Trump signs order to create new monuments; these American heroes to be included in ‘National Garden’

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President Donald Trump said Friday during an Independence Day rally at Mount Rushmore in South Dakota that he has signed an executive order creating a new national monument to recognize and celebrate American heroes from all walks of life.

“Americans must never lose sight of this miraculous story,” the president said of the American dream.

“So today under the authority vested in me as president of the United States, I am announcing the creation of a new monument to the giants of our past. I am signing an executive order to establish the National Garden of American Heroes, a vast outdoor park that will feature the statues of the greatest Americans to ever live,” he added.

The park will feature Americans notable for their scientific, military, artistic, and social achievements.

Following the president’s announcement, which came at the end of his speech, the White House released text of the order which calls “for Building and Rebuilding Monuments to American Heroes.”

The president’s order requires that a task force be formed and headed by Interior Secretary David Bernhardt, which will then issue a report within 60 days outlining plans for the memorial park including potential sites for it. In addition, the order contains a list of historical figures whose statues will be depicted in the garden.

Those figures include George Washington, Orville and Wilbur Wright, Dolley Madison, Frederick Douglass, Harriet Tubman, Booker T. Washington, Ronald Reagan, George Patton, Antonin Scalia, Clara Barton, and Martin Luther King Jr., among many others.

Notably, the park will not be dedicated by the president who ordered it built. Even if Trump wins reelection in the fall, the next president will have to dedicate it because the monument is scheduled to be memorialized on the 250th anniversary of the Declaration of Independence: July 4, 2026.

“America owes its present greatness to its past sacrifices. Because the past is always at risk of being forgotten, monuments will always be needed to honor those who came before. Since the time of our founding, Americans have raised monuments to our greatest citizens,” the president’s order states.

The order continues:

These statues are silent teachers in solid form of stone and metal. They preserve the memory of our American story and stir in us a spirit of responsibility for the chapters yet unwritten. These works of art call forth gratitude for the accomplishments and sacrifices of our exceptional fellow citizens who, despite their flaws, placed their virtues, their talents, and their lives in the service of our Nation. These monuments express our noblest ideals: respect for our ancestors, love of freedom, and striving for a more perfect union. They are works of beauty, created as enduring tributes. In preserving them, we show reverence for our past, we dignify our present, and we inspire those who are to come. To build a monument is to ratify our shared national project.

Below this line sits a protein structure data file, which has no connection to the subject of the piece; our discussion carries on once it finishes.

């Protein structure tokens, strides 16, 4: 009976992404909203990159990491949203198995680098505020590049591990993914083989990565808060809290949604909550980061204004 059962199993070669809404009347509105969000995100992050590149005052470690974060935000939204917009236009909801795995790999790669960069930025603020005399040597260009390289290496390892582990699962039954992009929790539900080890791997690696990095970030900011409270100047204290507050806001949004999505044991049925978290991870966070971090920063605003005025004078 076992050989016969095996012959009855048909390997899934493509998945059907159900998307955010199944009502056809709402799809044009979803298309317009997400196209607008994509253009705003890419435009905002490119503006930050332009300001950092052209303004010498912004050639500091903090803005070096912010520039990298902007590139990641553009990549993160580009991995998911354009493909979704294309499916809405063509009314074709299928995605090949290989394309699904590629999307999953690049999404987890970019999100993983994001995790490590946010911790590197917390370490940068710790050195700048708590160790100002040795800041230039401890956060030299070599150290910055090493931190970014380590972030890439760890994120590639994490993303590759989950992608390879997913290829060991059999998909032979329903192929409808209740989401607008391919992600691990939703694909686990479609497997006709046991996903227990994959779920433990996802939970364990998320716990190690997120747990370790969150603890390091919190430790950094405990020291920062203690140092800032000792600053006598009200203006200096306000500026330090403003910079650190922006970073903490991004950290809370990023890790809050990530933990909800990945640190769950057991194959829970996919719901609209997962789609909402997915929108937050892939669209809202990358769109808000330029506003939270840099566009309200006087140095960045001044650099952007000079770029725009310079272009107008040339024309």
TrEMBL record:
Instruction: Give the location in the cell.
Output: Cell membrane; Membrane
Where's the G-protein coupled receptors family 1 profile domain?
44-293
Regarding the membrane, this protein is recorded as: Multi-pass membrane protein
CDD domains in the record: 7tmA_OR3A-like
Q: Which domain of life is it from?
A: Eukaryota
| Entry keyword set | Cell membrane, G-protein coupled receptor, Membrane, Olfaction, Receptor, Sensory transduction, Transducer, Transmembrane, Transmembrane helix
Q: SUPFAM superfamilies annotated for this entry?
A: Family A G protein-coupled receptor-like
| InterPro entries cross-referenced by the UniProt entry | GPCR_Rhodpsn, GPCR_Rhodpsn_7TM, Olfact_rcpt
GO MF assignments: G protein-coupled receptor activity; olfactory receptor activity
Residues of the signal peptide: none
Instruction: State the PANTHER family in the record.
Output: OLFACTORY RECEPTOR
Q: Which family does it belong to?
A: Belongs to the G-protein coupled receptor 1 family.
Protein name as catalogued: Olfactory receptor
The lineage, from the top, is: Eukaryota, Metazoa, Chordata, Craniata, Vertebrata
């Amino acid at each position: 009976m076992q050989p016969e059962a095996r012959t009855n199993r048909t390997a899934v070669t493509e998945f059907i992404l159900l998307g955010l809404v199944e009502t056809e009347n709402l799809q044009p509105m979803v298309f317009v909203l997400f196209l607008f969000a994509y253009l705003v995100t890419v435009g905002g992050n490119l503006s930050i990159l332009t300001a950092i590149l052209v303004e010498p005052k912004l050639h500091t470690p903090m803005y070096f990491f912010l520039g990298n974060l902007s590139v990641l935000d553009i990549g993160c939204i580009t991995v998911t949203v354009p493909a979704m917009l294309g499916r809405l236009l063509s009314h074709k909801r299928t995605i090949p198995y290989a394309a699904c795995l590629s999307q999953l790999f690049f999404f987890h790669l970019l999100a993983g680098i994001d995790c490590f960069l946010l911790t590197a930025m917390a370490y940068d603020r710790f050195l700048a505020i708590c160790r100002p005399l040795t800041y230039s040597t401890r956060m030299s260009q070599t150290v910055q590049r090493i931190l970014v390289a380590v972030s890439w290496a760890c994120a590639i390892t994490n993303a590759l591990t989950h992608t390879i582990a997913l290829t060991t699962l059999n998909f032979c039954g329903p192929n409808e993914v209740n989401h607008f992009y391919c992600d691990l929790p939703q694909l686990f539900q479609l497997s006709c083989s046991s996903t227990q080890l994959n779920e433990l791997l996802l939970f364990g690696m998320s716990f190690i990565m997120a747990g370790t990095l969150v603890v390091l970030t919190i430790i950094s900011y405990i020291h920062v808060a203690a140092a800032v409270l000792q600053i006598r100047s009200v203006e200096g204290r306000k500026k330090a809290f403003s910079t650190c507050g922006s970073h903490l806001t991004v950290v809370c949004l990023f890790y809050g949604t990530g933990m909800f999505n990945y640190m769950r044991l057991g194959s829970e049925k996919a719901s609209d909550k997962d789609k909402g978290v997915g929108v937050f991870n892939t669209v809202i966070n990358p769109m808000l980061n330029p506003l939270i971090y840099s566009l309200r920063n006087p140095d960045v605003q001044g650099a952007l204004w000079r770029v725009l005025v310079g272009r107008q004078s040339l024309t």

The president also ripped the desecration of U.S. monuments in recent weeks by Left-wing anarchists who have destroyed or defaced statues of Ulysses S. Grant, Abraham Lincoln, and a site dedicated to the honor of black soldiers who fought to preserve the Union during the Civil War.

“Among others, monuments to Christopher Columbus, George Washington, Thomas Jefferson, Benjamin Franklin, Francis Scott Key, Ulysses S. Grant, leaders of the abolitionist movement, the first all-volunteer African-American regiment of the Union Army in the Civil War, and American soldiers killed in the First and Second World Wars have been vandalized, destroyed, or removed,” the executive order states.

“These statues are not ours alone, to be discarded at the whim of those inflamed by fashionable political passions; they belong to generations that have come before us and to generations yet unborn. My Administration will not abide an assault on our collective national memory,” the order states.

“In the face of such acts of destruction, it is our responsibility as Americans to stand strong against this violence, and to peacefully transmit our great national story to future generations through newly commissioned monuments to American heroes.”

President Trump designated his first national monument in October 2018. Then-Interior Secretary Ryan Zinke announced the Camp Nelson National Monument in Kentucky, a Union recruitment and training camp for African-American volunteers during the Civil War.

The camp trained more than 10,000 black troops, the third-most of any Union camp.


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